Another popular argument set forth on MSNBC was the notion that gays serve in the militaries of other nations with few problems.
Capehart noted during his July 27 "Morning Meeting" appearance, "It's good enough for Great Britain and it's good enough for Israel, then it damn well should be good enough for the United States." Hall and Deutsch followed suit later that day with this brief exchange:
TAMRON HALL: We have 20 other countries including Great Britian who have gays serving in the military.
DEUTSCH: And Australia, Israel, everyone.
Again, as Donnelly pointed out in her testimony, America is not like other countries. Great Britain was forced to allow openly gay people into its military by the European Court of Human Rights, not through a vote of its own government. Also, as she noted, "European newspapers have reported recruiting and disciplinary problems in the British military" following the acceptance of open homosexuality in the military.
As for Israel, unlike the United States, every citizen must serve in the military. Donnelly also reported, "Israeli soldiers usually do not reveal their homosexuality and are barred from elite combat positions if they do."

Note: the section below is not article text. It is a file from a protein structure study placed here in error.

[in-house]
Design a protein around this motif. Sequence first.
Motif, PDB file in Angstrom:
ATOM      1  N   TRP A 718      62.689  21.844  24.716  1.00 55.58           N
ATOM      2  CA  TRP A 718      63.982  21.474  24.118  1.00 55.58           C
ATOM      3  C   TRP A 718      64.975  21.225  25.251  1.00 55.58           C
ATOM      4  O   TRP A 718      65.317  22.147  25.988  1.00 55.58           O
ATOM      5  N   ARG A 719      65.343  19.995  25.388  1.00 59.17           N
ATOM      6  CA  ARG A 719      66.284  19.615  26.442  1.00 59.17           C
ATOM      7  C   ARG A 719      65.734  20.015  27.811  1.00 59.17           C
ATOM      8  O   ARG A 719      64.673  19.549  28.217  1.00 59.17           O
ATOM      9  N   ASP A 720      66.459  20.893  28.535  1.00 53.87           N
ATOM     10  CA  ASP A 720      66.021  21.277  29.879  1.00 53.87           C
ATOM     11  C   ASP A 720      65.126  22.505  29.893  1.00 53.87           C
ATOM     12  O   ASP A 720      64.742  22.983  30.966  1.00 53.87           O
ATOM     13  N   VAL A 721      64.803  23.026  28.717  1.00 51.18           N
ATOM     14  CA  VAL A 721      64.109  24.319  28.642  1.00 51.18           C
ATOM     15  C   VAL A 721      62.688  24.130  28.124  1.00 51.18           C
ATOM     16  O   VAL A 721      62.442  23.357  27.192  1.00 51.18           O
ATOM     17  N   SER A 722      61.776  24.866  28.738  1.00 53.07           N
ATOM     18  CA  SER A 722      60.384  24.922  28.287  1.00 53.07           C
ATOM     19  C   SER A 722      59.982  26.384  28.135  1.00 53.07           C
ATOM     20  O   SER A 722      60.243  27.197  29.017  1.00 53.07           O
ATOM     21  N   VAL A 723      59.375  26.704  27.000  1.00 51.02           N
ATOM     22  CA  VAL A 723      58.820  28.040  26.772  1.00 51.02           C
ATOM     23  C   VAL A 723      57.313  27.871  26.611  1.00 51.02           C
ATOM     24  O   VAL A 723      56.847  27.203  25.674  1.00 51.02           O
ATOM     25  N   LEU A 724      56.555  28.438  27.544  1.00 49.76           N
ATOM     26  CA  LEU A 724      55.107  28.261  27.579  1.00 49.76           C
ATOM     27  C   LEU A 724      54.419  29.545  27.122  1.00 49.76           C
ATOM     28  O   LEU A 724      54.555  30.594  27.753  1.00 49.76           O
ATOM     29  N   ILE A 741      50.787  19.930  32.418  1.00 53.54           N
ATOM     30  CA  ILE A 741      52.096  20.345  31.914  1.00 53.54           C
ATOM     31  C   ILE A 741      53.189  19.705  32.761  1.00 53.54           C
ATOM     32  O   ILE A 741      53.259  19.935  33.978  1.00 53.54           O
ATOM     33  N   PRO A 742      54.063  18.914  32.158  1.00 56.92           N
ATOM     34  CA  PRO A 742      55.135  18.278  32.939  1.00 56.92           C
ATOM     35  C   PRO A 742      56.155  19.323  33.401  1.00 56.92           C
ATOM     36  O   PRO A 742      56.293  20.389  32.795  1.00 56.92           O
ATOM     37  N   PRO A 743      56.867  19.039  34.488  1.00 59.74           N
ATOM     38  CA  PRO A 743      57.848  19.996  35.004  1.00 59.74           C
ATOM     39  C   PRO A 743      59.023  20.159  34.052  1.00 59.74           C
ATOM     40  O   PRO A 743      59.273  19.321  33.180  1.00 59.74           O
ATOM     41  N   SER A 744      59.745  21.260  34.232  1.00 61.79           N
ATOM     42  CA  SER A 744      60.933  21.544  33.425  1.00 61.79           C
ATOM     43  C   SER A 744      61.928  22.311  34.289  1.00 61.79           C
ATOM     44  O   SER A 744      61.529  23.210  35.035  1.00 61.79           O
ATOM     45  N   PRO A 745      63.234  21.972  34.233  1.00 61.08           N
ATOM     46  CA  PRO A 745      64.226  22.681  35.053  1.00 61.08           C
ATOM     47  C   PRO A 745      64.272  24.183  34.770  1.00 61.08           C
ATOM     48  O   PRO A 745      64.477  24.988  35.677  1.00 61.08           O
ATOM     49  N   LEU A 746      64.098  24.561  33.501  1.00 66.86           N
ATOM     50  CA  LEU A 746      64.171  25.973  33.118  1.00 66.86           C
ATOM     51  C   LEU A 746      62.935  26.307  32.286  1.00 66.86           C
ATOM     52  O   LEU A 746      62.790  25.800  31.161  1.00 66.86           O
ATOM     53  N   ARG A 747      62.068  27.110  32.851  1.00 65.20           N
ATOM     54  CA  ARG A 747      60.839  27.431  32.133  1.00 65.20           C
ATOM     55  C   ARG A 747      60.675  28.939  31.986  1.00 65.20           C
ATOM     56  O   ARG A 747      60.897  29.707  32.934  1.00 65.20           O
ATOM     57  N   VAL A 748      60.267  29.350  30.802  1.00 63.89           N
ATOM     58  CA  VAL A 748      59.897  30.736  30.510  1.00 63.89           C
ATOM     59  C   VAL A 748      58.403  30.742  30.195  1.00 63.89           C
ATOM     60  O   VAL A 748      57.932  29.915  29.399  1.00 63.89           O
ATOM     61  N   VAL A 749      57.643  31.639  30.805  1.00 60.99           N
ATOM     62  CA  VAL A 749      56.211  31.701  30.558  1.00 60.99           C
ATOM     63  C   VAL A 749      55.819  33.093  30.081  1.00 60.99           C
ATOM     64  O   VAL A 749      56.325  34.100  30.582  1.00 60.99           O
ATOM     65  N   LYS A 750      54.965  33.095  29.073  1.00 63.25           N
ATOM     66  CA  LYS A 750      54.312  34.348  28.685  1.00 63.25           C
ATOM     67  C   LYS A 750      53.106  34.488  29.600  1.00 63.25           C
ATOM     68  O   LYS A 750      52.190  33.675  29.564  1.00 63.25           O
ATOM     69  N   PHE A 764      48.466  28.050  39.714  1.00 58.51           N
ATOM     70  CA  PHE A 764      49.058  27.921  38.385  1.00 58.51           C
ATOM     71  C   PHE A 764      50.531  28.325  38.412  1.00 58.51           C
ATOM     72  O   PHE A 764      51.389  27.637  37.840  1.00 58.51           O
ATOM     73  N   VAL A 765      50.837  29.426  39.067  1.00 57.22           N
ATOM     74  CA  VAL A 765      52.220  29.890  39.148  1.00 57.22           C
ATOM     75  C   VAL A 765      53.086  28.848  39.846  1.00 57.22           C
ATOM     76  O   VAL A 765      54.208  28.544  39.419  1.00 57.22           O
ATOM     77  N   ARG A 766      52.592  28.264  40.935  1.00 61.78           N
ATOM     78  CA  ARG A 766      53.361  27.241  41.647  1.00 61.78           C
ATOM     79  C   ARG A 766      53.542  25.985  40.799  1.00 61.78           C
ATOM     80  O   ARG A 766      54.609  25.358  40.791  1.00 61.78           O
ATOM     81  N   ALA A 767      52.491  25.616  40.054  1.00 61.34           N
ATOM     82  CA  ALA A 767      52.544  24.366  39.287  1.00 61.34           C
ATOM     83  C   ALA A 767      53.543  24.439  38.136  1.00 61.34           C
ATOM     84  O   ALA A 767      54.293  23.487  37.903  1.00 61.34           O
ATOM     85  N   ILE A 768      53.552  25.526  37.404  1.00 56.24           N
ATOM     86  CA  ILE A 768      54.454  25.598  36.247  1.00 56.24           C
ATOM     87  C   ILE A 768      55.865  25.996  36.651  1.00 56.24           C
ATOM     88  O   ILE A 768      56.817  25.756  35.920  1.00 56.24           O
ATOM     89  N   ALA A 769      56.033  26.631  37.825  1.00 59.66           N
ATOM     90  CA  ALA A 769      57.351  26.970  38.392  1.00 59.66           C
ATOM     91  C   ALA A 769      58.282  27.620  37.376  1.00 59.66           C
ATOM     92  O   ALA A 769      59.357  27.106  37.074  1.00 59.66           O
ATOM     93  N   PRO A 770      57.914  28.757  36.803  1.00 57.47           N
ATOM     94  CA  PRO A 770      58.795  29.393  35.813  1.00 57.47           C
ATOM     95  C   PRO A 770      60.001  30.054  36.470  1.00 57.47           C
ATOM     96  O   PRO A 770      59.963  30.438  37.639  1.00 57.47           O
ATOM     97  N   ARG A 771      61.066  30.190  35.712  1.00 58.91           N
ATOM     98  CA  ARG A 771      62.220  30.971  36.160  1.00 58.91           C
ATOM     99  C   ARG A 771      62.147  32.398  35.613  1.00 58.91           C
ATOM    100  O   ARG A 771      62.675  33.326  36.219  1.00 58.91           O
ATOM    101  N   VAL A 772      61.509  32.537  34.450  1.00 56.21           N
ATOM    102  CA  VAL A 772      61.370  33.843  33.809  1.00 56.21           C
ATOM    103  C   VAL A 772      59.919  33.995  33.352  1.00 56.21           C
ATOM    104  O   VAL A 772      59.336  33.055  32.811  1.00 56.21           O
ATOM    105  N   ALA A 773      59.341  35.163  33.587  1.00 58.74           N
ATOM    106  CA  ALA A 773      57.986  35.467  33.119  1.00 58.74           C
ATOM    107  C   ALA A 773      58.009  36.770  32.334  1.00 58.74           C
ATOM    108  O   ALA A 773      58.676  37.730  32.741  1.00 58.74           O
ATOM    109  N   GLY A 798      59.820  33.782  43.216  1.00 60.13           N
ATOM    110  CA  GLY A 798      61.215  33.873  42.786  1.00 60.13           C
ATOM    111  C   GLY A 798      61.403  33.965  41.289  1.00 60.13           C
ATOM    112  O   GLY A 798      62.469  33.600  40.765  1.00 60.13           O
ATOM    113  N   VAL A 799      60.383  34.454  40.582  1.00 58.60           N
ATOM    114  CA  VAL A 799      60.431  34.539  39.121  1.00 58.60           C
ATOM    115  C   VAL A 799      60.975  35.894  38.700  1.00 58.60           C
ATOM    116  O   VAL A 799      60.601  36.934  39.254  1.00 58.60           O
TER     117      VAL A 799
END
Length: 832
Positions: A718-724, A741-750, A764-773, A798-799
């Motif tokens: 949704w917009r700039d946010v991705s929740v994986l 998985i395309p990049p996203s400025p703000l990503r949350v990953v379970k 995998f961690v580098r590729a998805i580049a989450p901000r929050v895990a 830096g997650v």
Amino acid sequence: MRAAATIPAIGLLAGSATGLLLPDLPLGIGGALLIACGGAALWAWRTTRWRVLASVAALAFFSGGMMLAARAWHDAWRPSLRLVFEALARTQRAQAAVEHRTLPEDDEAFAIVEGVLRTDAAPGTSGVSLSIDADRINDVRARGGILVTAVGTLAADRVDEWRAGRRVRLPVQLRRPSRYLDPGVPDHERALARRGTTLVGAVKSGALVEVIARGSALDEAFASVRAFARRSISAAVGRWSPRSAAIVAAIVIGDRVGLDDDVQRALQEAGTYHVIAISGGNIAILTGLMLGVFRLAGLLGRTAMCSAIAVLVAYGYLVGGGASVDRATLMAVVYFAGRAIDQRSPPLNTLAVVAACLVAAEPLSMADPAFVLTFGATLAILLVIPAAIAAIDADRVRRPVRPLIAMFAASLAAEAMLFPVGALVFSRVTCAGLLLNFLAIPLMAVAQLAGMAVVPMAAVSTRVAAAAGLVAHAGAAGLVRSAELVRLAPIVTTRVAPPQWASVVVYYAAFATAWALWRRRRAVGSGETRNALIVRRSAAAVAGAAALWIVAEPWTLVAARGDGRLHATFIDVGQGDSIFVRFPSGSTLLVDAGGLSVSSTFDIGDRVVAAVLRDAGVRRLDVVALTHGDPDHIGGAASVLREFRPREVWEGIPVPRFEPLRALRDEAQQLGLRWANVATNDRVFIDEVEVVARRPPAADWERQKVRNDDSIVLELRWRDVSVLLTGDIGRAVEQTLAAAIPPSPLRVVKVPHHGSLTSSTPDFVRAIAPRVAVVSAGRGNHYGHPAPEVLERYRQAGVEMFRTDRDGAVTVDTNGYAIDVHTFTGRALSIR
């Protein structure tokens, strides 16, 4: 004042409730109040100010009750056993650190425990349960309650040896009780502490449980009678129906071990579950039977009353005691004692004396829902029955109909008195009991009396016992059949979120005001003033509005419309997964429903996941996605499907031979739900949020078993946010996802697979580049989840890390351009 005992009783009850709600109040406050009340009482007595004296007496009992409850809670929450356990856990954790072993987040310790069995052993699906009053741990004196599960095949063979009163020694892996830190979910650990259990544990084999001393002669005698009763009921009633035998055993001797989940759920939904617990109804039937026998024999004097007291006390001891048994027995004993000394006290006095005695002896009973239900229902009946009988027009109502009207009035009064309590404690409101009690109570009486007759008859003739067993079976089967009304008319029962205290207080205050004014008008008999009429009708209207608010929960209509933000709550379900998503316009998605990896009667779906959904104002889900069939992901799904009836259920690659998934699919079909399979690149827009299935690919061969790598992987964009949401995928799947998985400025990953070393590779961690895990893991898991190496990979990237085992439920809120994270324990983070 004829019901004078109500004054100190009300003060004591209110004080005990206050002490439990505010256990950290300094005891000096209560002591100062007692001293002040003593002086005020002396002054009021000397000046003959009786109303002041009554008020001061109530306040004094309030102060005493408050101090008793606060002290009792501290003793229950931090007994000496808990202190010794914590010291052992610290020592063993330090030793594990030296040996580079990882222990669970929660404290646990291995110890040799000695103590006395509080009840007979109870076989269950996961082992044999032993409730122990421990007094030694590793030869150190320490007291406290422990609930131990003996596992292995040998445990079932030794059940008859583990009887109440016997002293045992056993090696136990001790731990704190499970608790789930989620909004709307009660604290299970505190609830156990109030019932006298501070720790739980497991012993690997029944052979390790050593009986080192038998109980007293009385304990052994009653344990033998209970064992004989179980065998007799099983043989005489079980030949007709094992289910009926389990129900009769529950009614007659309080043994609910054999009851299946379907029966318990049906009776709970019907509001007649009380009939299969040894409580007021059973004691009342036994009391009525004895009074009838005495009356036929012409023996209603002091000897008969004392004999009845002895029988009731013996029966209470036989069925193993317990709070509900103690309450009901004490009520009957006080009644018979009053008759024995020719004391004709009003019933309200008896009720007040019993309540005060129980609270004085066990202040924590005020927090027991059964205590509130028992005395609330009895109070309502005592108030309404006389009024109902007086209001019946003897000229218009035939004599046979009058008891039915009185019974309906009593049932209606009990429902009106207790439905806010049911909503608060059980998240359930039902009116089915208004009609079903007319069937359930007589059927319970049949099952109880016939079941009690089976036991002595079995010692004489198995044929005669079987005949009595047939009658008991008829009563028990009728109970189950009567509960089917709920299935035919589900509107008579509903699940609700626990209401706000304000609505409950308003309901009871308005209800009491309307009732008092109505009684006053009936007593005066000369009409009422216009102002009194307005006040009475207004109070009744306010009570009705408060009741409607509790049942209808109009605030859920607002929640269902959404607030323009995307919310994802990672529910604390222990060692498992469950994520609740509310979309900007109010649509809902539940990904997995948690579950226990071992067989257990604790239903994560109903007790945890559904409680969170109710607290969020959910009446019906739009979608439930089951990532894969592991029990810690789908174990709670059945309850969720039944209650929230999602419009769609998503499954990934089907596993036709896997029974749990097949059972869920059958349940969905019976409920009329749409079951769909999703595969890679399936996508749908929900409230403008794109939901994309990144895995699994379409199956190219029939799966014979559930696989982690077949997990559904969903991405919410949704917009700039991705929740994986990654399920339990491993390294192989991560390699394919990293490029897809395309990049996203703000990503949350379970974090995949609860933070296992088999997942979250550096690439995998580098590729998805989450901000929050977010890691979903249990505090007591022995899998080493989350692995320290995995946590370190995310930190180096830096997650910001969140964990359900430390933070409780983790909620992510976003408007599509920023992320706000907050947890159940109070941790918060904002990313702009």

Insults Levied at ‘Don't Ask, Don't Tell' Defenders
MSNBC didn't just refuse to air another viewpoint on "don't ask, don't tell," it also allowed guests to insult the arguments of those who agree with the ban on open homosexuality in the U.S. military.
"All these arguments about military effectiveness, whether the military wants to do it or not, are irrelevant," said retired Army General Barry McCaffrey on the July 28 "Morning Meeting." For McCaffrey, the issue revolves around one question, "Is private homosexual consensual behavior legal or not." But as Donnelly explained to CMI, there is "no such thing as private behavior in the military."